There is significance in the fact there were 12 tribes and 12 apostles. In Matthew Jesus promises the disciples, "[W]hen the Son of Man is seated on his throne of glory, will [you] yourselves sit on twelve thrones, judging the twelve tribes of Israel" (Matthew 19:28). In the Last Supper account Luke also has Jesus telling the apostles the Father will confer a kingdom on them that they may eat and drink at his table in his kingdom "and you will sit on thrones judging the twelve tribes of Israel" (Luke 22:29-30).

In Revelation John describes the new heaven and the new earth and he describes the new Jerusalem. There are 12 gates to the new Jerusalem and 12 angels stand at the gates. On the wall are inscribed the names of the 12 tribes of Israelites. The wall has 12 stone foundations and the names of the Twelve Apostles of the Lamb are inscribed on each foundation (Revelation 21). The Church and its members are the New Israel.

From a Mission in Nigeria: "We write to inform you of our change of address and to request that you still remember our works, whenever you have more holy objects, old books and other items of our religion to send us (for our library and distribution during our apostolic works)." Books and religious articles may be mailed directly to Agwe Akomaye, Bebua Ukatia Maria Apostolate, Capuchin Friars, Avenue 3-3 Junction, P.O. Box 13784, Onitsha, Ahambra State, Nigeria.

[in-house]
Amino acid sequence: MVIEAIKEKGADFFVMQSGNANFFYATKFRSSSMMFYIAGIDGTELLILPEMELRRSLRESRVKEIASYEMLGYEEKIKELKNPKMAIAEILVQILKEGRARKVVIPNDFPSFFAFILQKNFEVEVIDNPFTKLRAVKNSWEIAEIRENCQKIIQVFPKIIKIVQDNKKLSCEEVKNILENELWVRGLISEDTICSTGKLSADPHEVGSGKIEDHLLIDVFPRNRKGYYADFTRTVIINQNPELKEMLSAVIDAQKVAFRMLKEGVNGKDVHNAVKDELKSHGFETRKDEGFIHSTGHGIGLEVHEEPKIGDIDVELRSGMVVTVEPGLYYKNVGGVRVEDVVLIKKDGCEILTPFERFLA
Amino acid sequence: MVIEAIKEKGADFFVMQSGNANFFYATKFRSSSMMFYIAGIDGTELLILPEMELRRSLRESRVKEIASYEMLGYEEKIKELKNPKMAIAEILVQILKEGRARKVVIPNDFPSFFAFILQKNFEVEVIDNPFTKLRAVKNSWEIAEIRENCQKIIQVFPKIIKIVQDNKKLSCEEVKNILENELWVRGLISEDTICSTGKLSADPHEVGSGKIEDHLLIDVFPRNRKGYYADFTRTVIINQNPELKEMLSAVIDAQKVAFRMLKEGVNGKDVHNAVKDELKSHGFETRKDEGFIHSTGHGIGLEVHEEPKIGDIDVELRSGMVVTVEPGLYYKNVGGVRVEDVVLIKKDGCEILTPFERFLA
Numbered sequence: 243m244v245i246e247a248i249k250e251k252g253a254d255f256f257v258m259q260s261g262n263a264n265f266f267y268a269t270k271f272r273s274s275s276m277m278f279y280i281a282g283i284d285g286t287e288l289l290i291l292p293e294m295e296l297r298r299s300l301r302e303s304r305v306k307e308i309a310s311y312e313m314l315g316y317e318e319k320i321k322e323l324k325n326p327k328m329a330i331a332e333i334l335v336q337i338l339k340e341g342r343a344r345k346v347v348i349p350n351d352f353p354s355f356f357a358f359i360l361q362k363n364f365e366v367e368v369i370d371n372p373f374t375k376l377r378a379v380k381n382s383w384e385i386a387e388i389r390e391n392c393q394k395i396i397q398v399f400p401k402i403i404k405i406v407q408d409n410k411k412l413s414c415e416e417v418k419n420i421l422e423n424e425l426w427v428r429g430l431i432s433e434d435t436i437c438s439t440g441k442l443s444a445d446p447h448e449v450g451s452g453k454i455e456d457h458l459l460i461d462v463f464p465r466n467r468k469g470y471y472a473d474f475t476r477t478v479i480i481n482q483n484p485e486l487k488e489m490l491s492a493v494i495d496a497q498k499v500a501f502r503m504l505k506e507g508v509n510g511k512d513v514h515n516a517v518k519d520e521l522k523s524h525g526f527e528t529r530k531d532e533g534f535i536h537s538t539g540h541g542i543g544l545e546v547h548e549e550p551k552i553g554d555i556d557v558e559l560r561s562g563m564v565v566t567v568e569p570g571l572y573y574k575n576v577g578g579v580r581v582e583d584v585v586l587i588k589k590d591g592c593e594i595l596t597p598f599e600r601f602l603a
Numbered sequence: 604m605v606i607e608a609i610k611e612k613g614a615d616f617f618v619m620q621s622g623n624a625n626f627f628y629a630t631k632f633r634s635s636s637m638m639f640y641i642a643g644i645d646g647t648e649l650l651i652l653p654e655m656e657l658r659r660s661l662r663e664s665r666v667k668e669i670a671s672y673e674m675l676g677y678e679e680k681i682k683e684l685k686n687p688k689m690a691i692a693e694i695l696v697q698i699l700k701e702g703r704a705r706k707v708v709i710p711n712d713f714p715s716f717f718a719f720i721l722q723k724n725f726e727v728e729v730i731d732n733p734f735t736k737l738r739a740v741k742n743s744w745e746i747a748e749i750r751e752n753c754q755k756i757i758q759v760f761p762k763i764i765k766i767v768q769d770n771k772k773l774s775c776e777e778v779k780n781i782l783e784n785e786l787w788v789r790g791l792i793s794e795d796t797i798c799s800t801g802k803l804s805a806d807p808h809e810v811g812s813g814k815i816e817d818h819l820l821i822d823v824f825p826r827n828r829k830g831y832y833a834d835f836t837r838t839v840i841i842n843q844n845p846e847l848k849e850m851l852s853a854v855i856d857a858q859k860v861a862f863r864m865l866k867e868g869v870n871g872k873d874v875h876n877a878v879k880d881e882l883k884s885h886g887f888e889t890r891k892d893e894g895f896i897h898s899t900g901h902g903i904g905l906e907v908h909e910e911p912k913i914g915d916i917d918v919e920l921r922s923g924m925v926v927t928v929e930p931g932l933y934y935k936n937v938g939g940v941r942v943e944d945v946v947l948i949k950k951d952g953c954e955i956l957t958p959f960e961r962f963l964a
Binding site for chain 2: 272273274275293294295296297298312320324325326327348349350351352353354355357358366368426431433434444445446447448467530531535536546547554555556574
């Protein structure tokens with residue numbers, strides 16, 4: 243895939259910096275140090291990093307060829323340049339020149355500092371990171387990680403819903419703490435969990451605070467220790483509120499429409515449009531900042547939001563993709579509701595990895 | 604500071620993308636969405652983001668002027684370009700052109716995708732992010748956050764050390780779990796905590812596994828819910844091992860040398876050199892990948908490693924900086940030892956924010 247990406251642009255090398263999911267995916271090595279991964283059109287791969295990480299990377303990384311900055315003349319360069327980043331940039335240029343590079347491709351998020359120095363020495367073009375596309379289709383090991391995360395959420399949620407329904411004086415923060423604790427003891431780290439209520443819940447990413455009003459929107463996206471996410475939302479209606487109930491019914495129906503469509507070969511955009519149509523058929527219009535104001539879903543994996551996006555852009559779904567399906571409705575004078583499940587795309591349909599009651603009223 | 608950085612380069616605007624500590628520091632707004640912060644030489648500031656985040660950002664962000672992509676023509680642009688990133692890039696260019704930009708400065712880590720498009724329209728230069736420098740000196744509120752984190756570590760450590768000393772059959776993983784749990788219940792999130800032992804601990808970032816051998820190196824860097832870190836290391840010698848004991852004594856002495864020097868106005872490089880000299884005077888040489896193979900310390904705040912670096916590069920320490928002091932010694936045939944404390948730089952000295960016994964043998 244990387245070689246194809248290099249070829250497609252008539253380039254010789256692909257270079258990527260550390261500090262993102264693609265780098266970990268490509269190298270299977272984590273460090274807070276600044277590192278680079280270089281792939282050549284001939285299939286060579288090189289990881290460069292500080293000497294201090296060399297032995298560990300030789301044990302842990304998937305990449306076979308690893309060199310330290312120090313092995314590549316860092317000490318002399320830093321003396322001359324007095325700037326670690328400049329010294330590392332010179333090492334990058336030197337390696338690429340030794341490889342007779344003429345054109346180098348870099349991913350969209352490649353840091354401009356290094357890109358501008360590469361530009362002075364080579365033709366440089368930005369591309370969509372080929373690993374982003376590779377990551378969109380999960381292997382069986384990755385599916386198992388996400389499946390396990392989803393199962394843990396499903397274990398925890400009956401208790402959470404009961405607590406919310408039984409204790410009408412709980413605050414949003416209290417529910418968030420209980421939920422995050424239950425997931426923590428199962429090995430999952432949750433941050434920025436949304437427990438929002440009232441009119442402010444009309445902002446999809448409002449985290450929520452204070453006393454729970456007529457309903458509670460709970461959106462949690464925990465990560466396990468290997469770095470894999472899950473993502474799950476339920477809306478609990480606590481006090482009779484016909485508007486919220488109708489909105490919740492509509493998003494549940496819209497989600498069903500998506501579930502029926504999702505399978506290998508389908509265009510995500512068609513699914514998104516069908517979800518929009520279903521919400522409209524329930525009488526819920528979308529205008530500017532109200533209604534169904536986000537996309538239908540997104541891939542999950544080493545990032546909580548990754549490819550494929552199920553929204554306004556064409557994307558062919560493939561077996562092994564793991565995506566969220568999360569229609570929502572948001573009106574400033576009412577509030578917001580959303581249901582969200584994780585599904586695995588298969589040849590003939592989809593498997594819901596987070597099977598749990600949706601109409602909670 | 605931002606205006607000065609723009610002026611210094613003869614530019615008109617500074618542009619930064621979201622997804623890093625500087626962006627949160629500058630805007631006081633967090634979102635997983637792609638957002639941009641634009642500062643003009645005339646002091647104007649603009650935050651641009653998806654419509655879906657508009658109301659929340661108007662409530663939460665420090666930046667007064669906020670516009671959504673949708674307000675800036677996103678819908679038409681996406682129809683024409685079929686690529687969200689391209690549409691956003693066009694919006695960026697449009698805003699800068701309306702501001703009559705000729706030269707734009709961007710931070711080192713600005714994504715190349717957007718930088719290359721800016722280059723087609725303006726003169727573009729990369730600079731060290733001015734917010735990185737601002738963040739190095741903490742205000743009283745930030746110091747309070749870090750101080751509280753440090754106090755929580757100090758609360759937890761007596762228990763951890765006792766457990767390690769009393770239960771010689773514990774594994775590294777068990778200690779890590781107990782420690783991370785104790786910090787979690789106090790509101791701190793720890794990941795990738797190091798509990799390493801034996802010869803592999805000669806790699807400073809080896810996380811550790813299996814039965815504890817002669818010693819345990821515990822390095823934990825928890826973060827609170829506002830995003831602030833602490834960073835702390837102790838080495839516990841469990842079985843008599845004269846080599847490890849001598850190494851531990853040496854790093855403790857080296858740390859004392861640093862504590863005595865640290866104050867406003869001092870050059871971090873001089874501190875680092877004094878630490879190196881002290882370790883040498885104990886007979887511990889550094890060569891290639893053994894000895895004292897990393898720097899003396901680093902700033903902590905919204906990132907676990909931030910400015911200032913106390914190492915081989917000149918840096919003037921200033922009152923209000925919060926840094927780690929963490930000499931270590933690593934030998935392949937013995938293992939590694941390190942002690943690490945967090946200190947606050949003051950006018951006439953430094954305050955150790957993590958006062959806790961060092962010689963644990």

The Wise Man welcomes your questions. If you have a question, please submit it here. Include your street address for personal replies enclosing a stamped, self-addressed envelope, please. Some answer material must be mailed since it is not available in digital form. You can still send questions to: Wise Man, 28 W. Liberty Street, Cincinnati, OH 45202.
. . . . . . . . . . . . . . . . . . . . . . . . . . . . . . . . . . . . . . . .

Ask The Wise Man  | The Bible: Light to My Path  | Book Reviews  | Entertainment Watch
Editorial  | Editor’s Message  | Faith-filled Family  | Links for Learners
Saints for Our Lives  | Web Catholic  | Back Issues


Return to AmericanCatholic.org

Paid Advertisement
Ads contrary to Catholic teachings should be reported to our webmaster. Include ad link.

An AmericanCatholic.org Web Site from the Franciscans and
Franciscan Media     ©1996-2014 Copyright



 Find 
 FIND